The real issues at election time are often the ones our political leaders work hardest to hide. There is no greater skeleton in the electoral closet than climate change and the Kyoto Protocol.
In the Speech from the Throne back in early February, Paul Martin strongly reaffirmed Canada's commitment to reduce greenhouse gas emissions under the Kyoto Protocol and pledged to help lead the global fight against climate change.
The solemn pledge to reduce emissions and address climate change has received scant mention from the Liberals since that day. There has been virtually no promotion of the government's one-tonne challenge, which presents methods for every Canadian to reduce emissions, and no discussion of long-term climate policy.
The Martin government seems to wish climate change would just go away. Facing a disgruntled electorate, the government fears even mentioning climate change could turn some voters toward the anti-Kyoto Conservatives. At the same time, the Conservatives also wish to avoid the issue for fear of alienating any pro-environment Liberals angry with the Martin government. As a result, only the NDP and the Green Party have dared utter the word "Kyoto."
The disappearance of prominent environmental issues at election time is hardly a new phenomenon. In the battle for votes, everyone longs to appear green, but will not advocate any policy that might be perceived, correctly or not, as damaging to the voter's wallet.
This election in particular has fallen prey to the opportunistic notion that scoring a favourable headline in the morning paper on the issue of the day is more important than presenting an integrated vision for the country. The result is fragmented political platforms in which environmental issues are the big losers.
The high price of gasoline provides a perfect opportunity to promote the need for higher automotive fuel efficiency, more funding for public transit, and reduced smog in our cities. These are issues of interest to all Canadians; dealing with them would help reduce Canada's greenhouse gas emissions. Instead, the debate focuses entirely on which party can deliver lower gas prices.
The problem for the Liberals and the Conservatives is that climate change is one environmental issue that will not go away.
Canada is already experiencing the effects of climate change. The list of extreme climate events in Canada since the last federal election - severe drought in the Prairies, forest fires and insect infestations in B.C., tropical storms in the Maritimes, changes in Great Lakes water levels, frequent smog alerts in Ontario - mirrors the predictions of the UN's Intergovernmental Panel on Climate Change. The aggregate cost to Canada's economy of these events dwarfed both the federal government's and the Alberta government's maximum estimated cost of meeting the Kyoto commitments.
The cost of inaction on climate change looms even larger in developing nations with less capacity to adapt to climatic and environmental shocks. Recent droughts in countries such as Ethiopia and Afghanistan (similar in scale to the Prairie droughts) contributed to widespread famine, starvation and political unrest.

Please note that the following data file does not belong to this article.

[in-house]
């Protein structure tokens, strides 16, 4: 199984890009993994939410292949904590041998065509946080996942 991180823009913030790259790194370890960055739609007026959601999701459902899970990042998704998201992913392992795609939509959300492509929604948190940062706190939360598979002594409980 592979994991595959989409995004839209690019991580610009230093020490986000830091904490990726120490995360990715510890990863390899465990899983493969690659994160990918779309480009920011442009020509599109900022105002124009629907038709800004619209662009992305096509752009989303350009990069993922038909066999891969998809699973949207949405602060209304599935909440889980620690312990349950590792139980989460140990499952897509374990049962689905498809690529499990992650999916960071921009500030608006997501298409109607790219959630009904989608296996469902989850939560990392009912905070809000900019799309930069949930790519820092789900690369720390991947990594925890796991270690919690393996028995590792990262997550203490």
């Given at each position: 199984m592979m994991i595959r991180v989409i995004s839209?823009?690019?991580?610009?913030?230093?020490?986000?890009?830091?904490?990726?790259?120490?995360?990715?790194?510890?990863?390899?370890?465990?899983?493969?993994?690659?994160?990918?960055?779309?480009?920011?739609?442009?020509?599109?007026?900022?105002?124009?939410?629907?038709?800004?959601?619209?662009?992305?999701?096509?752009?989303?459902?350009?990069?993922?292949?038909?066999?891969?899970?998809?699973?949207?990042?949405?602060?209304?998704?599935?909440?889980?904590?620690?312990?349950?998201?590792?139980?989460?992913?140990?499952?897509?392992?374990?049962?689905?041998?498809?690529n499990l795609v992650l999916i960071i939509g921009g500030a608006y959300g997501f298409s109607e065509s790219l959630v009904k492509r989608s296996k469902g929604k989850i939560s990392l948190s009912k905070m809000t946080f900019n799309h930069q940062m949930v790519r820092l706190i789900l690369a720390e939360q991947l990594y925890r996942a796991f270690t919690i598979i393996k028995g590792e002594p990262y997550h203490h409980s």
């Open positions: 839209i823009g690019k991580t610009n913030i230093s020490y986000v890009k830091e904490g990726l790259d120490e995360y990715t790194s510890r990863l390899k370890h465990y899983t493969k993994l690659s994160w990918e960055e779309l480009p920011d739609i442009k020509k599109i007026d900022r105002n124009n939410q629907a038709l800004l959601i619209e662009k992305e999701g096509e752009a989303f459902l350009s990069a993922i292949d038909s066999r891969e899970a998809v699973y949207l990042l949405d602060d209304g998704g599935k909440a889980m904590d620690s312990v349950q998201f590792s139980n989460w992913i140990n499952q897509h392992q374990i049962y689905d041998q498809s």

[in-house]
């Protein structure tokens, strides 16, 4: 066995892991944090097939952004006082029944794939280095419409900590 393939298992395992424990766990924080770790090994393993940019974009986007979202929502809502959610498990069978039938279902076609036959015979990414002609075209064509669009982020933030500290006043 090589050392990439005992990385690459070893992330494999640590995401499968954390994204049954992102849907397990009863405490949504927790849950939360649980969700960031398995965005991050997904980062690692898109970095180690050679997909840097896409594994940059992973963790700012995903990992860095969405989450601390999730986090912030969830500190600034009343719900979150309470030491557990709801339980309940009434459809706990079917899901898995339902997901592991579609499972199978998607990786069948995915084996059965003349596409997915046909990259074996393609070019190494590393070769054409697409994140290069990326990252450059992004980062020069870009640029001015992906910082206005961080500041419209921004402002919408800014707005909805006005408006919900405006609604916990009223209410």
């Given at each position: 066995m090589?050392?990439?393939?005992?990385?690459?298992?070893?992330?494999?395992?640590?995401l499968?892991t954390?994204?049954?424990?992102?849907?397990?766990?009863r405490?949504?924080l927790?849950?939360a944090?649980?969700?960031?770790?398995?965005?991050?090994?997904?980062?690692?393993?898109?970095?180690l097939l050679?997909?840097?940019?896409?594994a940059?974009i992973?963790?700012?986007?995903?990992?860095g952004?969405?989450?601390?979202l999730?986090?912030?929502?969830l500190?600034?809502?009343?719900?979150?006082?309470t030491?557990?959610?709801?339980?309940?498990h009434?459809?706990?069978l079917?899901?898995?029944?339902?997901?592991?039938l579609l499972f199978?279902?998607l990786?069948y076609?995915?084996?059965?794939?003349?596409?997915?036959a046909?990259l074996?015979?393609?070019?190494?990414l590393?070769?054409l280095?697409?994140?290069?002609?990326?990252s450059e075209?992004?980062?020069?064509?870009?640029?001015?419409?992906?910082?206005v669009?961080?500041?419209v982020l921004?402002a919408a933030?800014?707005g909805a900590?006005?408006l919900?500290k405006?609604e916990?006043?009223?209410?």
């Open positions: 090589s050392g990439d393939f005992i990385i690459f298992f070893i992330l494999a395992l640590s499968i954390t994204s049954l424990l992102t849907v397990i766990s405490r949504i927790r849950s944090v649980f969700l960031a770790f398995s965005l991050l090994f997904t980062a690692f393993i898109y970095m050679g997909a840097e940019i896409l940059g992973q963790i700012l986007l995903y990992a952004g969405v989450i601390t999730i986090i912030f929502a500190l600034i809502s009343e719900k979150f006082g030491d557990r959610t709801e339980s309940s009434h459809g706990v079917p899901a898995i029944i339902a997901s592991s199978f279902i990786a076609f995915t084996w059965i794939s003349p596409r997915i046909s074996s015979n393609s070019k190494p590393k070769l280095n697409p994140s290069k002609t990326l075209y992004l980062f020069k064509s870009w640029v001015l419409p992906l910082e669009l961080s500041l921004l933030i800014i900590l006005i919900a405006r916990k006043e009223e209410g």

In the age of globalization, with threats such as terrorism, poor food distribution and spread of infectious disease, the effects of local climate disasters in vulnerable nations are felt around the world. Expanding international development and improving global governance - both central tenets of the Martin government - will require action on climate change.
The government that is elected on June 28 will have no choice but to deal with the issue. It will be responsible for achieving emissions reductions under the Kyoto Protocol and participating in international negotiations on longer-term climate protection policy, set to begin in 2005.
Voters need to know what to expect from another Liberal government or even Conservative minority. The progress on emissions reductions and climate policy during the next federal mandate will have lasting effects on the climate.
Scientists predict that, due to the long residence time of greenhouse gases such as carbon dioxide in the atmosphere, continued inaction on global emissions for only five or 10 years would make it impossible to avoid some of the worst impacts of climate change.
Canada is responsible for a small fraction of the world's greenhouse gas emissions and cannot stop climate change alone. But a serious Canadian effort to meet the Kyoto commitment and promote future climate policy could provide much-needed international leadership and restore this country's green reputation - which has been sullied by the passivity of the previous decade.
Will Canada become a leader in preventing dangerous climate change, in promoting new energy technologies, higher fuel efficiency, improved urban infrastructure and sustainable international development?
Those are the issues that should inspire an election.
Canadian scientist Simon Donner is a research associate at the Woodrow Wilson School of Public and International Affairs, Princeton University.